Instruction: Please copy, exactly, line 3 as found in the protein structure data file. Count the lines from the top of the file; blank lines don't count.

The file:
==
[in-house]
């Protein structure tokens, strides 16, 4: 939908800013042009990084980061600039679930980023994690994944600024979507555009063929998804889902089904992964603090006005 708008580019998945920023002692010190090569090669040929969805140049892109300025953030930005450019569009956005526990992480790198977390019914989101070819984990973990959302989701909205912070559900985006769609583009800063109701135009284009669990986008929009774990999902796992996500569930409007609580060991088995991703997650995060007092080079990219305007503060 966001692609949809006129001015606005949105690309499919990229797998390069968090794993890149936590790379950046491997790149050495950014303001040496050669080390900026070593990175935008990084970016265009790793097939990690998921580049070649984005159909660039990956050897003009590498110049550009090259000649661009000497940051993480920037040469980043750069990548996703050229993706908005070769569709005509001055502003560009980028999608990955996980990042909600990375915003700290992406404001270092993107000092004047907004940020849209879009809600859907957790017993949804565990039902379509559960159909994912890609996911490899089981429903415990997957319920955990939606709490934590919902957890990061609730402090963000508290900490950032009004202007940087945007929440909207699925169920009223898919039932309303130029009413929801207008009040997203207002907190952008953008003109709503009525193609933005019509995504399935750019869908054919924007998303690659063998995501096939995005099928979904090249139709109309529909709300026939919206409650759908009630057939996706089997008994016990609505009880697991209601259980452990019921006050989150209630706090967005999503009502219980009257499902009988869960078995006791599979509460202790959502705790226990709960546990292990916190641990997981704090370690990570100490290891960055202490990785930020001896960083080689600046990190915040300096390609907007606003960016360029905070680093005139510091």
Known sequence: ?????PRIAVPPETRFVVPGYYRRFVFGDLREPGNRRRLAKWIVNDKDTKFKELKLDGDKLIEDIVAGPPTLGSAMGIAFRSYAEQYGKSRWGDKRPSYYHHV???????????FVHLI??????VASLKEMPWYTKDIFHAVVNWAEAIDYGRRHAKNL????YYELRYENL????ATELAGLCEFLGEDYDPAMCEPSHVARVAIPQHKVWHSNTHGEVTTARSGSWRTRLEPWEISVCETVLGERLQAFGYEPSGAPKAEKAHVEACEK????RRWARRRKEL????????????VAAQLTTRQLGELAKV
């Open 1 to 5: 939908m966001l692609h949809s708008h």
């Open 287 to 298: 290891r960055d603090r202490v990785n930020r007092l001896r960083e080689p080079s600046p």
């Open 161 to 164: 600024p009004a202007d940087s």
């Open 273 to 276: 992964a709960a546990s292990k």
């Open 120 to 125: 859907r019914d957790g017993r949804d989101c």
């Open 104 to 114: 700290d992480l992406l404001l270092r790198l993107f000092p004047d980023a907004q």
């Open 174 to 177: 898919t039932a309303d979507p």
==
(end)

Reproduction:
Known sequence: ?????PRIAVPPETRFVVPGYYRRFVFGDLREPGNRRRLAKWIVNDKDTKFKELKLDGDKLIEDIVAGPPTLGSAMGIAFRSYAEQYGKSRWGDKRPSYYHHV???????????FVHLI??????VASLKEMPWYTKDIFHAVVNWAEAIDYGRRHAKNL????YYELRYENL????ATELAGLCEFLGEDYDPAMCEPSHVARVAIPQHKVWHSNTHGEVTTARSGSWRTRLEPWEISVCETVLGERLQAFGYEPSGAPKAEKAHVEACEK????RRWARRRKEL????????????VAAQLTTRQLGELAKV